Needless to say, I'm wholly impressed with the sound of the Hagerman Technology Chime. Overall it has a very neutral approach to the music (in tube terms). The tubed output stage doesn't add any of the euphonic silliness that you read so much about. The output signal is extremely clean and detailed. The increased dynamics and wide open sound of the tubed output stage are all that you would expect from a good design. The treble is clean and the bass is nice and tight. The Chime provides a tad more detail than a really good non-oversampling DAC like the Mhdt Labs though not quite as much as an upsampled DAC.
At about $950 in kit form or $1799 fully assembled, the Chime represents a very good value. So, again it all comes down to your listening preferences. Have you tried non-oversampling DAC's and want a bit more detail? Have you also tried upsampling DAC's and found that they are too forward sounding for your tastes? If so, the Hagerman Technologies Chime might be exactly what you've been looking for. It's presentation falls directly in between the non-oversampling and upsampled DAC (speaking in terms of detail).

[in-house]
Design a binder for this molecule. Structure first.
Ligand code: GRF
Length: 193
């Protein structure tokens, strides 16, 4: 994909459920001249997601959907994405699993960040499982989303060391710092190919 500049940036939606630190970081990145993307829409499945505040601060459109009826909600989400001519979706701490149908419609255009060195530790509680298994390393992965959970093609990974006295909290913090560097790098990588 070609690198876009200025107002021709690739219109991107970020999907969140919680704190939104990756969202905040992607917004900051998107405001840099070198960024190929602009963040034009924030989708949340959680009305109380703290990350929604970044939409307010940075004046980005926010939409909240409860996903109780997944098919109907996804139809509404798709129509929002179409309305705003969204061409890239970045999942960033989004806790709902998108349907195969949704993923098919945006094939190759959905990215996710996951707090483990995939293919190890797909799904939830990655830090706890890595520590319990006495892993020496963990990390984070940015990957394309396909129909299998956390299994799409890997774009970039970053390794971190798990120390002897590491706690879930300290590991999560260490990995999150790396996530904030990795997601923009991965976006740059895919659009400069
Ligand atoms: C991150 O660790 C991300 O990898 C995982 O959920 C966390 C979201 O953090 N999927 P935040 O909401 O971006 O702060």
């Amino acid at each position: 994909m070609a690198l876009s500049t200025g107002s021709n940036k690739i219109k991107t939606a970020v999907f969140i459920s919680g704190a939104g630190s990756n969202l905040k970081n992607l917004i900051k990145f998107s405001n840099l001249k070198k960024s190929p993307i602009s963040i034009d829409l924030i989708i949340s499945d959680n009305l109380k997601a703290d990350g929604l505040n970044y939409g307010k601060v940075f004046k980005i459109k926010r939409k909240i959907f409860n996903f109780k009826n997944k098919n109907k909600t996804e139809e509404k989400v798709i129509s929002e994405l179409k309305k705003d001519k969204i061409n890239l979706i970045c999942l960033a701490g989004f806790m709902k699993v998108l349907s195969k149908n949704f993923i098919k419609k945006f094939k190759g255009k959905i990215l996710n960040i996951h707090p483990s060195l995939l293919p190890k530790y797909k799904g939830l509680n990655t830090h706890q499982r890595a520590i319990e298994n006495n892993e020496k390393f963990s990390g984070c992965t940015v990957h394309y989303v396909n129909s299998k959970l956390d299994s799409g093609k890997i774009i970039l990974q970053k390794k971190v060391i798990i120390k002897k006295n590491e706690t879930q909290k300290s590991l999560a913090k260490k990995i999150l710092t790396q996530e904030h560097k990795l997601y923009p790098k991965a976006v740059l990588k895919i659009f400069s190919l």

If you are looking to build your own DAC, this is one of the very few tubed DAC kits that you will find on the market. Though I haven't built mine yet, I've read through the instruction booklet and looked at the PC boards. It seems to be a fairly simple build. If you don't feel like doing the DIY thing, you can always have Jim assemble it for you. Even at the assembled price, the Chime still represents a very good deal. If you are in the market for a new DAC, the HagTech Chime is well worth considering.
Please keep in mind this rating system is used to compare the Hagerman Technology Chime DAC against absolute perfection, or a money no object DAC design. If you see what you think may be a low(ish) score, it's because there are DAC designs that are even more refined but consequently cost considerably more. To top that off, if I assign 5's across the board, I've just painted myself into a corner leaving no room for that ‘ultimate' DAC. You won't see me handing out many 5's. In turn, I feel I need to leave room in the ratings system to accommodate those DAC's.
Type: Tubed ditial to analog converter with USB and SPDIF input
Tube Compliment: 12AX7, 12AU7, 5Y3GT (or GZ34)
Input Impedance: 75 ohm (S/PDIF)
Inputs: two S/PDIF and USB
Frequency Response: 10Hz to 100kHz
Distortion (analog) - 0.03% @1kHz @1Vrms
Output Impedance: 1k ohm
Output Voltage - 1.2Vrms full scale
Signal To Noise: 92dB (A-weighted)
Dimensions: 7.25 x 11.65 (PCB, W x H in inches)
Weight: 9.5 lbs.
Input Voltage: 100V, 110V, 120V, 200V, 220V, 240V
Price: Assembled = $1799
Hagerman Technology LLC